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A fascinating look at a hairstyling legend: Antoine De Paris

Here is a sneak peak at a fantastically interesting interview between a Canadian fashion writer and the famed hair historian and author Steven Zdatny, who wrote among other things Fashion, Work and Politics in Modern France (Palgrave, 2006)

The subject is Antoine De Paris, legendary radical hairdresser to the stars in early 19th century Paris. This man set the tone for modern french hairstyling. I’d like to thank Steven for sharing this piece, along with many more interesting hair related articles, my way. Keep up your fascinating work!

1)  What do you think it was about Antoine De Paris’ approach to hair styling that made him so radical among his contemporaries?
As I think you can tell from the Introduction to Hairdressing and Fashion, it was Antoine’s style–especially his moxie, panache, and outrageousness–as well as his substance that made him unique.  He rejected the old standards of hairdressing and introduced outrageous styles and colors, all the while effecting an extravagant sort of artsi-ness, which today would seem highly fey: his long, painted fingernails and his crystal sarcophagus, for instance.  To be honest, I’m not really sure about his sexuality.  People in those days were much more discreet.  He was Catholic and married, although his wife apparently left him late in their lives and ran off with someone to the Riviera.  I have never seen any reference to his homosexuality, but it wouldn’t surprise me.

Whereas traditional hairstyles in the Belle Epoque and between the wars, involved long masses of hair and tons of doodads, Antoine cut his clients’ hair (He claimed, typically, to have invented the Bob–which he surely didn’t), made them up in loud “Bulgarian colors”.  He also befriended the great artists and couturieres/couturiers of the twenties, especially Chanel, whose shop on the rue Cambon, just behind the Ritz Hotel, was very close to his.

But again, it’s not perfectly correct to say that Antoine was “radical among his contemporaries.”  It’s closer to the truth to say he was the most celebrated figure among the radical element in hairdressing.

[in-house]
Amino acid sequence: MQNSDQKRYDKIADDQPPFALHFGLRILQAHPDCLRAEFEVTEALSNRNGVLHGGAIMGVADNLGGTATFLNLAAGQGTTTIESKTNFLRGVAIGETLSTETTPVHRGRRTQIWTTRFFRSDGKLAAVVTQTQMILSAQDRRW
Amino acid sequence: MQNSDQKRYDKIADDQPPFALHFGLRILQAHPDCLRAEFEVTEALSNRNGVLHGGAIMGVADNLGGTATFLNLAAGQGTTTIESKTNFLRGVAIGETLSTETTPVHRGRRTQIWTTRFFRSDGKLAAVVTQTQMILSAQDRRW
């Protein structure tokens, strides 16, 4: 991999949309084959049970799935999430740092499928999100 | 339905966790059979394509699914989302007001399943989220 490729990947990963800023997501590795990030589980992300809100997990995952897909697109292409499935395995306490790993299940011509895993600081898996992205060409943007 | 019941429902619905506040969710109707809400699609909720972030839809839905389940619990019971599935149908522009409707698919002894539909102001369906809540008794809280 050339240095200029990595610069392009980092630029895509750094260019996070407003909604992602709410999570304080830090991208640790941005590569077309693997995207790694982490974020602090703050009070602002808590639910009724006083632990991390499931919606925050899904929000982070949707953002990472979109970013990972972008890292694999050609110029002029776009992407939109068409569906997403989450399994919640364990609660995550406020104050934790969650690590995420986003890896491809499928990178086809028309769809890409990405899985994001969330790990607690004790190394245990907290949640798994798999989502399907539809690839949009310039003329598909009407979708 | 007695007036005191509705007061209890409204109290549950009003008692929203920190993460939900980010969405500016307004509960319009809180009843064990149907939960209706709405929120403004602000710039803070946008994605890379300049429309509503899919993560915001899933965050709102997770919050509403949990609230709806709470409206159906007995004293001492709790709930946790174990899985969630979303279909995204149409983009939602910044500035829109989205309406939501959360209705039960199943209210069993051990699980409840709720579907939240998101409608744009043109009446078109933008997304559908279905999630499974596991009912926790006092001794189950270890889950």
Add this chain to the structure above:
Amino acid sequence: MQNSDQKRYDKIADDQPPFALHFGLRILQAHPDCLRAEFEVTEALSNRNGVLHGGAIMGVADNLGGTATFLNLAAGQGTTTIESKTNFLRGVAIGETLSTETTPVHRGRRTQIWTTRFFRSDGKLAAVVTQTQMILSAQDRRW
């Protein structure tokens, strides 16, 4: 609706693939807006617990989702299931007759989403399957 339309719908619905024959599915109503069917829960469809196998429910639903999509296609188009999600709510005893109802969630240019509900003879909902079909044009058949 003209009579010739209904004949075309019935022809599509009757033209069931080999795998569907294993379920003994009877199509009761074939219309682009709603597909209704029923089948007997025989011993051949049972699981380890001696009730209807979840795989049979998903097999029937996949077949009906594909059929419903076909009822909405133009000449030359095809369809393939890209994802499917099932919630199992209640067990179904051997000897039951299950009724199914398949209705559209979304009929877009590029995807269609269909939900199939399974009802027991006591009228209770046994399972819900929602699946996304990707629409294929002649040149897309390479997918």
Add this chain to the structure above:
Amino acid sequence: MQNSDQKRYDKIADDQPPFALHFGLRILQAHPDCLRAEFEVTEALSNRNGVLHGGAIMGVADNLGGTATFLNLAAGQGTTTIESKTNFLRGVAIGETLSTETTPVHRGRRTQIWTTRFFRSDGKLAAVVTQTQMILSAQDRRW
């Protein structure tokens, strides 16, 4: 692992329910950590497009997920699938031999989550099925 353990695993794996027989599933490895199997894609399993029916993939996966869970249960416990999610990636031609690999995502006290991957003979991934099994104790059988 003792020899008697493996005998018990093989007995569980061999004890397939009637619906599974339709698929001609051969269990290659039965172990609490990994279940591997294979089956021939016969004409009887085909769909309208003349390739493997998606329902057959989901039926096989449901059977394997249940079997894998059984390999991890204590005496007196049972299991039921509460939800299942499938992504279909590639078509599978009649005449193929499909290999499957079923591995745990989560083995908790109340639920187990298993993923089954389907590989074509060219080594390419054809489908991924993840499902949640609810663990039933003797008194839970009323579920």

2) What changes did he bring about in the world of hairstyling?
Again, he claimed to have invented the bob–to be precise, the coupe à la Jeanne d’Arc–in 1909.  But this was self-promotion.  It would be more accurate to say that Antoine perhaps pushed the boundaries of modernism in coiffure further, and with more publicity, than any of his contemporaries, so that his name became associated with innovations that he probably didn’t invent–although he might have popularized them by putting them on the famous heads of his most famous clients.

3)Do you consider him to be an artist? What does or does not qualify this?
I don’t think there’s any question that Antoine was an artist.  Like so many of the great coiffeurs, he was also a sculptor.  I was once in the 8th Arrondissement offices of Antoine’s protege, Alexandre de Paris, who was the great collaborator of the equally renowned Guillaume, and there were cases full of brilliant sculptures that Guillaume had done, and some that Alexandre had done as well.  In that respect, a hairstyle for Antoine was like a painting or, more to the point, a sculpture.  And whereas most mortal coiffeurs, even those with the most successful businesses, thought about hairstyles in largely commercial terms, the greats, like Antoine, thought of coiffures as art, and let the business take care of itself.  Moreover, as I said above, Antoine was considered by others–designers, painters, writers–as one of them.  He hung with the arty, avant garde crowd.

4) What do you think his legacy is in contemporary times?   What can stylists, artists or other creative types learn from Antoine?
This is hard for me to answer.  Partly it’s because I know Antoine as a historian and not as a hairdresser or an artist.  Many of his most famous creations–as was true for all the most celebrated coiffeurs and coiffeuses of the time–were reproduced widely in imitations of his genius: banalisées, the French would say.  No doubt techniques he pioneered became standard practice across the profession, although as a non-hairdresser I can’t say exactly what those were.

To answer the second part of this question, I’ll have to wax a bit more philosophical.  What others can take from Antoine’s biography and career looks both simple and even a bit cynical.  You need to be talented, of course.  And it helps to be brilliant at public relations.  But there is something utterly serendipitous about fashion.  It carries people forward in unpredictable ways.  Were Antoine’s hairstyles objectively so much more beautiful or outrées than anyone else’s?  I wouldn’t think so.  There were lots of great artists among the best coiffeurs at any given moment, doing brilliant work and pushing the boundaries of art and craft.  But it’s my opinion that women took to the bob for reasons quite apart from the aesthetics of it–or even the underlying social meaning, whatever that might be.  I believe that artistic forms are rather free-floating, with no necessary and logical connection to the historical moment.  In that respect, Antoine, despite his genius, was the happy recipient of celebrity that was in large part due to pure luck.  Someone else’s hairstyles–and someone else–could easily have become the defining presence in the hairdressing profession of that age.

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